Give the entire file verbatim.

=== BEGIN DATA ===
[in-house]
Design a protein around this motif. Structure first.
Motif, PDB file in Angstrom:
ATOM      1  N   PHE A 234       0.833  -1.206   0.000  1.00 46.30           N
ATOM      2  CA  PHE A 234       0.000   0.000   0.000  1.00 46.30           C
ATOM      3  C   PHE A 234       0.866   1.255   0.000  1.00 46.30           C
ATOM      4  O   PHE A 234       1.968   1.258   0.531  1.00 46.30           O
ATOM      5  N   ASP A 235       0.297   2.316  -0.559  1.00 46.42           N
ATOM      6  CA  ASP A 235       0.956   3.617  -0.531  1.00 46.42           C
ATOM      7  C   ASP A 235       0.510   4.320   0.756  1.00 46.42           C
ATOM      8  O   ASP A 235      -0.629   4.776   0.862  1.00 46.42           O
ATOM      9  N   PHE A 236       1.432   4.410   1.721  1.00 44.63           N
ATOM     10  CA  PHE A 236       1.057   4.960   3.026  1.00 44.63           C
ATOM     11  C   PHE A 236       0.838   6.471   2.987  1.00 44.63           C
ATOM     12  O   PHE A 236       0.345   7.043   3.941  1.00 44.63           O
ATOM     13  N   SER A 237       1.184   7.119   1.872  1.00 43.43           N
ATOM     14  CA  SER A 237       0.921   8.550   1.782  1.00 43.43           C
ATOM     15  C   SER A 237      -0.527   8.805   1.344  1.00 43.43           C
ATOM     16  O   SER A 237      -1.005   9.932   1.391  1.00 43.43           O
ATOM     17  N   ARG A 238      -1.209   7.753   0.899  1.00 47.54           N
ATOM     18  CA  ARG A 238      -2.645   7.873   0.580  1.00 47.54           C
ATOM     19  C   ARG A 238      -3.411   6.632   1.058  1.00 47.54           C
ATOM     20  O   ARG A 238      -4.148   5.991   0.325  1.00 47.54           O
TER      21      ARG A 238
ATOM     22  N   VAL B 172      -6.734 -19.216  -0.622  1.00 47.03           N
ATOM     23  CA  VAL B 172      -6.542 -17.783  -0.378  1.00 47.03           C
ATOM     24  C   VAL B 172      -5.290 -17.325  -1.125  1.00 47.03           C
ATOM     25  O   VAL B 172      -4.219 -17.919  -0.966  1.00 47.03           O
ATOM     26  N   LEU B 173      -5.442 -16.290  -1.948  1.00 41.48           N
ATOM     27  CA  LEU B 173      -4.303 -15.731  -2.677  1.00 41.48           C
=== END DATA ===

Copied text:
[in-house]
Design a protein around this motif. Structure first.
Motif, PDB file in Angstrom:
ATOM      1  N   PHE A 234       0.833  -1.206   0.000  1.00 46.30           N
ATOM      2  CA  PHE A 234       0.000   0.000   0.000  1.00 46.30           C
ATOM      3  C   PHE A 234       0.866   1.255   0.000  1.00 46.30           C
ATOM      4  O   PHE A 234       1.968   1.258   0.531  1.00 46.30           O
ATOM      5  N   ASP A 235       0.297   2.316  -0.559  1.00 46.42           N
ATOM      6  CA  ASP A 235       0.956   3.617  -0.531  1.00 46.42           C
ATOM      7  C   ASP A 235       0.510   4.320   0.756  1.00 46.42           C
ATOM      8  O   ASP A 235      -0.629   4.776   0.862  1.00 46.42           O
ATOM      9  N   PHE A 236       1.432   4.410   1.721  1.00 44.63           N
ATOM     10  CA  PHE A 236       1.057   4.960   3.026  1.00 44.63           C
ATOM     11  C   PHE A 236       0.838   6.471   2.987  1.00 44.63           C
ATOM     12  O   PHE A 236       0.345   7.043   3.941  1.00 44.63           O
ATOM     13  N   SER A 237       1.184   7.119   1.872  1.00 43.43           N
ATOM     14  CA  SER A 237       0.921   8.550   1.782  1.00 43.43           C
ATOM     15  C   SER A 237      -0.527   8.805   1.344  1.00 43.43           C
ATOM     16  O   SER A 237      -1.005   9.932   1.391  1.00 43.43           O
ATOM     17  N   ARG A 238      -1.209   7.753   0.899  1.00 47.54           N
ATOM     18  CA  ARG A 238      -2.645   7.873   0.580  1.00 47.54           C
ATOM     19  C   ARG A 238      -3.411   6.632   1.058  1.00 47.54           C
ATOM     20  O   ARG A 238      -4.148   5.991   0.325  1.00 47.54           O
TER      21      ARG A 238
ATOM     22  N   VAL B 172      -6.734 -19.216  -0.622  1.00 47.03           N
ATOM     23  CA  VAL B 172      -6.542 -17.783  -0.378  1.00 47.03           C
ATOM     24  C   VAL B 172      -5.290 -17.325  -1.125  1.00 47.03           C
ATOM     25  O   VAL B 172      -4.219 -17.919  -0.966  1.00 47.03           O
ATOM     26  N   LEU B 173      -5.442 -16.290  -1.948  1.00 41.48           N
ATOM     27  CA  LEU B 173      -4.303 -15.731  -2.677  1.00 41.48           C